Avoiding Full Scans¶
The less data you read in your queries, the faster they are. There are different strategies you could follow to avoid reading all the data in a data source (doing a full scan) from your queries:
Always filter first
Use indices by setting a proper
ENGINE_SORTING_KEYin the Data Source.
The column names present in the
ENGINE_SORTING_KEYshould be the ones you will use for filtering in the
WHEREclause. You don’t need to sort by all the columns you use for filtering, only the ones to filter first.
The order of the columns in the
ENGINE_SORTING_KEYis important: from left to right ordered by relevance (the more important ones for filtering) and cardinality (less cardinality goes first)
SCHEMA > `id` Int64, `amount` Int64, `date` DateTime ENGINE "MergeTree" ENGINE_SORTING_KEY "id, date"
SELECT * FROM data_source_sorted_by_date WHERE amount > 30
SELECT * FROM data_source_sorted_by_date WHERE id = 135246 AND date > now() - INTERVAL 3 DAY AND amount > 30
Avoiding Big Joins¶
When doing a JOIN, the data in the right Data Source is loaded in memory to perform the JOIN. Therefore, it’s recommended to avoid joining big Data Sources by filtering the data in the right Data Source:
A common pattern to improve JOIN performance is the one below:
SELECT left.id AS id, left.date AS day, right.response_id AS response_id FROM left_data_source AS left INNER JOIN big_right_data_source AS right ON left.id = right.id
SELECT left.id AS id, left.date AS day, right.response_id AS response_id FROM left_data_source AS left INNER JOIN ( SELECT id, response_id FROM big_right_data_source WHERE id IN (SELECT id FROM left_data_source) ) AS right ON left.id = right.id
Memory limit reached¶
Sometimes, you reach the memory limit when running a query. This is usually because:
Lot of columns are used: try to reduce the amount of columns used in the query. This is not always possible, so try to change data types or merge some columns.
A cross JOIN or some operation that generates a lot of rows: It might happen if the cross JOIN is done with two data sources with a large amount of rows, so try to rewrite the query to avoid the cross JOIN.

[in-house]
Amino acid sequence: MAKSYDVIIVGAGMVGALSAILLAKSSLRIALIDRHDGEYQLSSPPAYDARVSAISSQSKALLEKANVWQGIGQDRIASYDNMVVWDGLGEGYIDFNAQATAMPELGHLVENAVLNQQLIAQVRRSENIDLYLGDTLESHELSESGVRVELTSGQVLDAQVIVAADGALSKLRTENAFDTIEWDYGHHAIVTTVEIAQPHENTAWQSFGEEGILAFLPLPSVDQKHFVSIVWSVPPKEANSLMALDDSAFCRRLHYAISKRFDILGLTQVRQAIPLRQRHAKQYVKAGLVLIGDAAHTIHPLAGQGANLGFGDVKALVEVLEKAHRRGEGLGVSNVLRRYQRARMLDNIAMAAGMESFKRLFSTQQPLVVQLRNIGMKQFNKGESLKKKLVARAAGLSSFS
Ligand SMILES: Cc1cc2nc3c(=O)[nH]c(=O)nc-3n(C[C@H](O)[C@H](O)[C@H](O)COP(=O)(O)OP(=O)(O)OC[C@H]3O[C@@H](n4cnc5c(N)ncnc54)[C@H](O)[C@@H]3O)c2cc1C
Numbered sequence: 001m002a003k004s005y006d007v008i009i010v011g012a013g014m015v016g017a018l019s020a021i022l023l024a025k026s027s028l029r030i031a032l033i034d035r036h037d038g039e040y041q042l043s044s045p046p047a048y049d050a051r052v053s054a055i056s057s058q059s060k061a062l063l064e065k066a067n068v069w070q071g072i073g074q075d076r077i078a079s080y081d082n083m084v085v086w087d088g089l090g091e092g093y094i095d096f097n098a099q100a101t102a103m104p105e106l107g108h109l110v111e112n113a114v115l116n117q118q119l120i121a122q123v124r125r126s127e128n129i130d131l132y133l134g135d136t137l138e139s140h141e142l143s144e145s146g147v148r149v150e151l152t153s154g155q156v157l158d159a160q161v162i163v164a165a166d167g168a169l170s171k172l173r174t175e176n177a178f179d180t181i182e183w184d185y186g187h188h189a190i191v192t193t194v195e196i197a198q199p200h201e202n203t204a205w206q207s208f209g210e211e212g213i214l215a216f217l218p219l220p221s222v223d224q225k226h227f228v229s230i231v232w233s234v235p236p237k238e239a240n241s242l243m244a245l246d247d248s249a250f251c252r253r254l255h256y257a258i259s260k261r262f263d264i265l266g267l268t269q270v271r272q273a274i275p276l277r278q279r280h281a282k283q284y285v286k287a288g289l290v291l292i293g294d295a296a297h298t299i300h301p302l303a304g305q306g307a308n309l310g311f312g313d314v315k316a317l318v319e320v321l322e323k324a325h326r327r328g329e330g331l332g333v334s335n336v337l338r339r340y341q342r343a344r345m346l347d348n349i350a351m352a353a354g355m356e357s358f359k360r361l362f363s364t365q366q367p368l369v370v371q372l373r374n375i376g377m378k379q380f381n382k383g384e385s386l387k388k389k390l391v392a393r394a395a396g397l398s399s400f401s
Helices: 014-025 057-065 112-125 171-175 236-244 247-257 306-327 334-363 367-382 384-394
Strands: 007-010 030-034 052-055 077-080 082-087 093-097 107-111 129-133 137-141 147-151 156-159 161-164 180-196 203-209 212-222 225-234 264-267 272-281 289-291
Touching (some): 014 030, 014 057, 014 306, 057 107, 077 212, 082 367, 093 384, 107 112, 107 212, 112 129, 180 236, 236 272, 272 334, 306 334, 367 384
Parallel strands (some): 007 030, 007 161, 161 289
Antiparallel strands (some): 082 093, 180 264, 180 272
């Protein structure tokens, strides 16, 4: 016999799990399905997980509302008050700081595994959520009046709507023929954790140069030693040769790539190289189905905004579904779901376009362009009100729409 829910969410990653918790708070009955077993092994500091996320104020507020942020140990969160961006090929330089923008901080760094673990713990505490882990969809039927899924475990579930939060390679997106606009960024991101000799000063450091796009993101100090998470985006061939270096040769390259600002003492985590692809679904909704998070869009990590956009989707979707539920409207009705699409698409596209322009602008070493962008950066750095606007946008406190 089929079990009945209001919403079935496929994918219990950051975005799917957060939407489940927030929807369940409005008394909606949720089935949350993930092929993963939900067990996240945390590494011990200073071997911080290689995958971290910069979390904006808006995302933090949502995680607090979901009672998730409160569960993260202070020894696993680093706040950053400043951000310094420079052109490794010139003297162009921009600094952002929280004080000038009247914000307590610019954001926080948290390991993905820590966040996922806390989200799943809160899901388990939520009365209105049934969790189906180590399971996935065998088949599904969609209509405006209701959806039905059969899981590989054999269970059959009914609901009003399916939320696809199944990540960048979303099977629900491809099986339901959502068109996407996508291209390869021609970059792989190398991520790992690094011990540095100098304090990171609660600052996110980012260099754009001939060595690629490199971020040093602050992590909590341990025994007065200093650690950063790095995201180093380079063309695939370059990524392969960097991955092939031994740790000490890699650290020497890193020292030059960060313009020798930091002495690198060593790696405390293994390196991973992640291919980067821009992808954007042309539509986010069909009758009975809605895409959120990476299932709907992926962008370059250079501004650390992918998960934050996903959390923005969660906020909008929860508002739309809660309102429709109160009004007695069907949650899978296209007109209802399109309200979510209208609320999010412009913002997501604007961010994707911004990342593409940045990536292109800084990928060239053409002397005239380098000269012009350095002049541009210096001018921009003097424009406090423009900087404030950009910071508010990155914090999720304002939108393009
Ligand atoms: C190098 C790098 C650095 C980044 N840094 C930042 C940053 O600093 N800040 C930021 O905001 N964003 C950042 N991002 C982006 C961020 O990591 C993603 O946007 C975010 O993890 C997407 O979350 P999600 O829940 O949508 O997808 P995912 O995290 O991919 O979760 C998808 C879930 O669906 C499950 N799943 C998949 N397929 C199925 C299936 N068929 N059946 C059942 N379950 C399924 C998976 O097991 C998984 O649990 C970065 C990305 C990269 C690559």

GROUP BY: try to filter out rows before executing the
If the problem persists, just reach us at email@example.com to see if we can help you improving the query.
Nested Aggregate Functions¶
It’s not possible to nest aggregate functions or to use an alias of an aggregate function that is being used in another aggregate function
SELECT max(avg(number)) as max_avg_number FROM my_datasource
SELECT avg(number) avg_number, max(avg_number) max_avg_number FROM my_datasource
Instead, you should use a subquery:
SELECT avg_number as number, max_number FROM ( SELECT avg(number) as avg_number, max(number) as max_number FROM numbers(10) )
SELECT max(avg_number) as number FROM ( SELECT avg(number) as avg_number, max(number) as max_number FROM numbers(10) )
Merging Aggregate Functions¶
AggregateFunction types such as
avg… precalculate their aggregated values using intermediate states. When you query those columns you have to add the
-Merge combinator to the aggregate function to get the final aggregated results. Read more at Understanding State and Merge combinators for aggregates.
It is recommended to
-Merge aggregated states as late in the pipeline as possible, read the best practices for writing faster SQL queries to learn why.
Intermediate states are stored in binary format that’s why you might see weird characters when selecting columns with the
AggregateFunction type as shown below:
SELECT result FROM my_datasource
When selecting columns with the
AggregateFunction type you need to
-Merge the intermediate states to get the actual aggregated result for that column. This operation might compute several rows, that’s why it’s advisable to
-Merge as late in the pipeline as possible.
-- Getting the 'result' column aggregated using countMerge. Values are UInt64 SELECT countMerge(result) as result FROM my_datasource